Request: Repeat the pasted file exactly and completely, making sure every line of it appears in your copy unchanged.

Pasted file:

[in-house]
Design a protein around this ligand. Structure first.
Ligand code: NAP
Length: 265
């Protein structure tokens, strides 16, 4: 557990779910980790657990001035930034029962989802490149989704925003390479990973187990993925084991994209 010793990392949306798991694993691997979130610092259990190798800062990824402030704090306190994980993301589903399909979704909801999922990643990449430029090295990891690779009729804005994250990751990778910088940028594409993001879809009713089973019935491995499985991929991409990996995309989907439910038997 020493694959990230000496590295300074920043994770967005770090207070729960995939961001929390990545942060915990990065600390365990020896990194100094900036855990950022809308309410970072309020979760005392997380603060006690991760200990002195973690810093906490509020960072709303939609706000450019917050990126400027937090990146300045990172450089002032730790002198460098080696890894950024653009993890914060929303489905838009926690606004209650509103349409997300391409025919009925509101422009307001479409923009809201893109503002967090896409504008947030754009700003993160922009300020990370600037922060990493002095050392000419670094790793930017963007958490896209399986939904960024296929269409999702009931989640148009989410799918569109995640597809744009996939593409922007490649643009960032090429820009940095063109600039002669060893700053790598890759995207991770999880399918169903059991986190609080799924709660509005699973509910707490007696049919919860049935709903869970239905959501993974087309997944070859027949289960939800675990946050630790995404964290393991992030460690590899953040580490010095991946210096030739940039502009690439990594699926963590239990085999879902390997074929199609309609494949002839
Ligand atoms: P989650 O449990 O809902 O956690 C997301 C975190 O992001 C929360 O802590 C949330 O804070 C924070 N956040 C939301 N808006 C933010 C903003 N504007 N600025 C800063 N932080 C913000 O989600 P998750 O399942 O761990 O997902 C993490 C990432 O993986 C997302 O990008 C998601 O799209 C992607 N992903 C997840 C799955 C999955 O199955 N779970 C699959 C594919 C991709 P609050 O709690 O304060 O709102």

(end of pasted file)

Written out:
[in-house]
Design a protein around this ligand. Structure first.
Ligand code: NAP
Length: 265
């Protein structure tokens, strides 16, 4: 557990779910980790657990001035930034029962989802490149989704925003390479990973187990993925084991994209 010793990392949306798991694993691997979130610092259990190798800062990824402030704090306190994980993301589903399909979704909801999922990643990449430029090295990891690779009729804005994250990751990778910088940028594409993001879809009713089973019935491995499985991929991409990996995309989907439910038997 020493694959990230000496590295300074920043994770967005770090207070729960995939961001929390990545942060915990990065600390365990020896990194100094900036855990950022809308309410970072309020979760005392997380603060006690991760200990002195973690810093906490509020960072709303939609706000450019917050990126400027937090990146300045990172450089002032730790002198460098080696890894950024653009993890914060929303489905838009926690606004209650509103349409997300391409025919009925509101422009307001479409923009809201893109503002967090896409504008947030754009700003993160922009300020990370600037922060990493002095050392000419670094790793930017963007958490896209399986939904960024296929269409999702009931989640148009989410799918569109995640597809744009996939593409922007490649643009960032090429820009940095063109600039002669060893700053790598890759995207991770999880399918169903059991986190609080799924709660509005699973509910707490007696049919919860049935709903869970239905959501993974087309997944070859027949289960939800675990946050630790995404964290393991992030460690590899953040580490010095991946210096030739940039502009690439990594699926963590239990085999879902390997074929199609309609494949002839
Ligand atoms: P989650 O449990 O809902 O956690 C997301 C975190 O992001 C929360 O802590 C949330 O804070 C924070 N956040 C939301 N808006 C933010 C903003 N504007 N600025 C800063 N932080 C913000 O989600 P998750 O399942 O761990 O997902 C993490 C990432 O993986 C997302 O990008 C998601 O799209 C992607 N992903 C997840 C799955 C999955 O199955 N779970 C699959 C594919 C991709 P609050 O709690 O304060 O709102």